T L Kordsmeyer, J Stern, and L Penke (2019)

3D anthropometric assessment and perception of male body morphology in relation to physical strength

American Journal of Human Biology, 31:e23276.

Objectives: The assessment of men’s physical strength is an important part of human social perception, for which observers rely on different kinds of cues. However, besides previous studies being limited in considerable ways, as yet there is no comprehensive investigation of a range of somatometric measures in relation to both objectively measured and observer-perceived physical strength using valid stimuli.

Methods: We examined observer-perceptions of physical strength from 3D body scans of N = 165 men, the usage and validity of somatometric measures as cues to strength, differences between strength ratings from stimuli presented on computer monitors versus in real-life size using a projector, and between male and female observers.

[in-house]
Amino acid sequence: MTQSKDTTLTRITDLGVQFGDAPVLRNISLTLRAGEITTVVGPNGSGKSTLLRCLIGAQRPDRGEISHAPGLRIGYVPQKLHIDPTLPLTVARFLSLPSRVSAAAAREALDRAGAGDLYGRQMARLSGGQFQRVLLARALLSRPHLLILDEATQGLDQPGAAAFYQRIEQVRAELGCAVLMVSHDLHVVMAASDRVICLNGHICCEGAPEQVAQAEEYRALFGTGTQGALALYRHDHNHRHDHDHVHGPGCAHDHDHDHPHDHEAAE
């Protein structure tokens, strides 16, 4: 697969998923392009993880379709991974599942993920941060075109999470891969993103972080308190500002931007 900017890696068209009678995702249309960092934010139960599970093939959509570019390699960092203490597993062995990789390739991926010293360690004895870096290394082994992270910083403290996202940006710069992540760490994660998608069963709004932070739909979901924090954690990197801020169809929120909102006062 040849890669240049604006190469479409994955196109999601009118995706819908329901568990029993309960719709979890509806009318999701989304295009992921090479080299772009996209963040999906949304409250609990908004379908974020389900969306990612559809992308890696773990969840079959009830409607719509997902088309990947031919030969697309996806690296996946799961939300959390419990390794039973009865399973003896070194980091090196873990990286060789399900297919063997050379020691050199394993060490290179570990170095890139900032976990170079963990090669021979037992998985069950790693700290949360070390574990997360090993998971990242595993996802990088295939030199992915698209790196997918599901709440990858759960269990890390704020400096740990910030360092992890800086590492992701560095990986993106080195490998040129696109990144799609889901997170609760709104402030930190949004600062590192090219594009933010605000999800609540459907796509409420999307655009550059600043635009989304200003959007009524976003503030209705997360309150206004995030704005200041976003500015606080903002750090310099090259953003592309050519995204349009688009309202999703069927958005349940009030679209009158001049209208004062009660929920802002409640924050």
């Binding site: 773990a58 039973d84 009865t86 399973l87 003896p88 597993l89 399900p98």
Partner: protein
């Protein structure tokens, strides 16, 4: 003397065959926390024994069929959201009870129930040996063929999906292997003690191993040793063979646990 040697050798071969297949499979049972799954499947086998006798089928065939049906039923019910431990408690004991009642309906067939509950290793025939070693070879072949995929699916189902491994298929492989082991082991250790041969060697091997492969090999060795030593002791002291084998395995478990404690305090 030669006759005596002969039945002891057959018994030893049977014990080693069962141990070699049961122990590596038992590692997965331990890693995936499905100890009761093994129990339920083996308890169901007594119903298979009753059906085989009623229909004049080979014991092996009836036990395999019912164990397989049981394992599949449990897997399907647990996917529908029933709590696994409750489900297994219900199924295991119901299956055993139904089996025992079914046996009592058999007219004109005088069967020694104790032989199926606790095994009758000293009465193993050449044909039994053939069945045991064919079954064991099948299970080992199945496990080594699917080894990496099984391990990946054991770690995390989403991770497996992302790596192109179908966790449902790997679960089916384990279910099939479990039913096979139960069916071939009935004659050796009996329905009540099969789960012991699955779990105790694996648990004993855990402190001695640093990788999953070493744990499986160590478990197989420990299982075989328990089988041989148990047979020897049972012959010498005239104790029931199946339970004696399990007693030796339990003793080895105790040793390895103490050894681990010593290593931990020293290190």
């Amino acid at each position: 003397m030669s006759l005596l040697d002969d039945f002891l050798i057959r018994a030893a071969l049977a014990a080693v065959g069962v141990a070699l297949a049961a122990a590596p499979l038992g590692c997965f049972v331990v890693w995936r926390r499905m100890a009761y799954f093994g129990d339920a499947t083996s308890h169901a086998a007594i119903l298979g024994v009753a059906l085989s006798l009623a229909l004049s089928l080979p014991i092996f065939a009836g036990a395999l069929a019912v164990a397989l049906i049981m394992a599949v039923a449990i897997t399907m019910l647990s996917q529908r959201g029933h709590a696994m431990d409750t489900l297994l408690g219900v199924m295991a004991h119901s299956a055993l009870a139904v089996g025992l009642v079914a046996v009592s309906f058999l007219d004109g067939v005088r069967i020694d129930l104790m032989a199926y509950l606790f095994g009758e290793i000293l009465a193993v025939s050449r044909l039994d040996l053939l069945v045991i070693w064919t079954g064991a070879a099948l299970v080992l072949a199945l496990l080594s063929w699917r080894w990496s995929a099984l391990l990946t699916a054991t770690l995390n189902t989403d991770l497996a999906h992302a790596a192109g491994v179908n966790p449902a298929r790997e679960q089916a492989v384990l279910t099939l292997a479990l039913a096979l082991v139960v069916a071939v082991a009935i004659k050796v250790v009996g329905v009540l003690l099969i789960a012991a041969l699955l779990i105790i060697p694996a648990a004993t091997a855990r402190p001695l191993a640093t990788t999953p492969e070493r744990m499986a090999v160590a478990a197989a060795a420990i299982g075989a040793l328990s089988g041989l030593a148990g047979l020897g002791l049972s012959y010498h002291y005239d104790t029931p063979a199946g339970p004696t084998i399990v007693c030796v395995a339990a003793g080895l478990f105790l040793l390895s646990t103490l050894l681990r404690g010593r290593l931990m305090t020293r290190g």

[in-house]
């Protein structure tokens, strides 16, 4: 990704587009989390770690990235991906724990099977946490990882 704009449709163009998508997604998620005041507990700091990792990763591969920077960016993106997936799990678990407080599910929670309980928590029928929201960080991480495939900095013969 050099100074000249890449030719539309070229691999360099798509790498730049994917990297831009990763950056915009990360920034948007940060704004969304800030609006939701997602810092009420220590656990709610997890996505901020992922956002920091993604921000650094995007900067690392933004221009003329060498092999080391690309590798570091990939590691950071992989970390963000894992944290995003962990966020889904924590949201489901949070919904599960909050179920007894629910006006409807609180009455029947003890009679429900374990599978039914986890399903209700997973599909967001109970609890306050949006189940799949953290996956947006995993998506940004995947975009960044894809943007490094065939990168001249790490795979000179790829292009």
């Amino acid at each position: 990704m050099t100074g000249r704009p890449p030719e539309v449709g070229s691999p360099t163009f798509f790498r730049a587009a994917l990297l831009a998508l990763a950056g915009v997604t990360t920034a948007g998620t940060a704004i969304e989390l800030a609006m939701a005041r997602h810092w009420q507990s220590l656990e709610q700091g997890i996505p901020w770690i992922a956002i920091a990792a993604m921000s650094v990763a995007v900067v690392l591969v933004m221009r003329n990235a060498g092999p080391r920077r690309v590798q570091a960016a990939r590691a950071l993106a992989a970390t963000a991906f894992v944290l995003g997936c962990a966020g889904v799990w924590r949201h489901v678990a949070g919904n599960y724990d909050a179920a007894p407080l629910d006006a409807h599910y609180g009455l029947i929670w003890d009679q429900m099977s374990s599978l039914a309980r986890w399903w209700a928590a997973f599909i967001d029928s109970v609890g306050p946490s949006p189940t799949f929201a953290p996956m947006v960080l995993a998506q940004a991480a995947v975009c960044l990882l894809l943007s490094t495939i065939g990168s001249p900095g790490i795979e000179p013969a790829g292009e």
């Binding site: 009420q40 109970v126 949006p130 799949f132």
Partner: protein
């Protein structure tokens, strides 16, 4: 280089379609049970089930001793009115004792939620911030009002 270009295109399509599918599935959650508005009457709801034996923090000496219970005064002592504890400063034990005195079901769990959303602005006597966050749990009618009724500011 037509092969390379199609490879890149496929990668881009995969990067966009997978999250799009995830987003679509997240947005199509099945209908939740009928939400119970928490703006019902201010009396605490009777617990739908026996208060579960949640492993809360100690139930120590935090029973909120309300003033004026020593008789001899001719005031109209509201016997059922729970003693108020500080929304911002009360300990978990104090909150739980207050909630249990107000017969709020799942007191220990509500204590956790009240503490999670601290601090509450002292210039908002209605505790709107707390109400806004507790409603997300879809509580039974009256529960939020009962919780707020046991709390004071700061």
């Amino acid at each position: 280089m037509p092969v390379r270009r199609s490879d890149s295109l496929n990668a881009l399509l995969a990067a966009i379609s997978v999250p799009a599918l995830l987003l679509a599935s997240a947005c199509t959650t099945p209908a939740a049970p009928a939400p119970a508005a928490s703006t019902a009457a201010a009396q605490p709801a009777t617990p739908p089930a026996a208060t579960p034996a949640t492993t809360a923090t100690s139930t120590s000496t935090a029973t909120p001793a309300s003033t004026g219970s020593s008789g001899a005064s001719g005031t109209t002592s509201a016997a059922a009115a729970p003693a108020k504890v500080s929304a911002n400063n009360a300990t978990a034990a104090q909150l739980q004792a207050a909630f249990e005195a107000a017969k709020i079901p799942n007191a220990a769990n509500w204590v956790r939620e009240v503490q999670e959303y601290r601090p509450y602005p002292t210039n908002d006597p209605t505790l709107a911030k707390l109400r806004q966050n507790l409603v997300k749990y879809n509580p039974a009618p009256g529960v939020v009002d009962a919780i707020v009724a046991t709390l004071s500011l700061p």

Results: A medium-sized correlation between measured and perceived strength was found, partly mediated by target men’s chest-to-hip ratio, body density, ankle girth, height, upper arm and forearm girth. No significant differences between men’s and women’s strength perceptions or the method of stimuli presentation (computer monitor vs. projector) emerged.

Conclusions: Our findings suggest that men’s physical strength can be assessed with moderate accuracy from 3D body models and that some somatometric measures represent valid cues, which were used by observers, positively predicting both measured and perceived physical strength.

preprints and author's version postprints
Preprint available at osf.io/5fehr.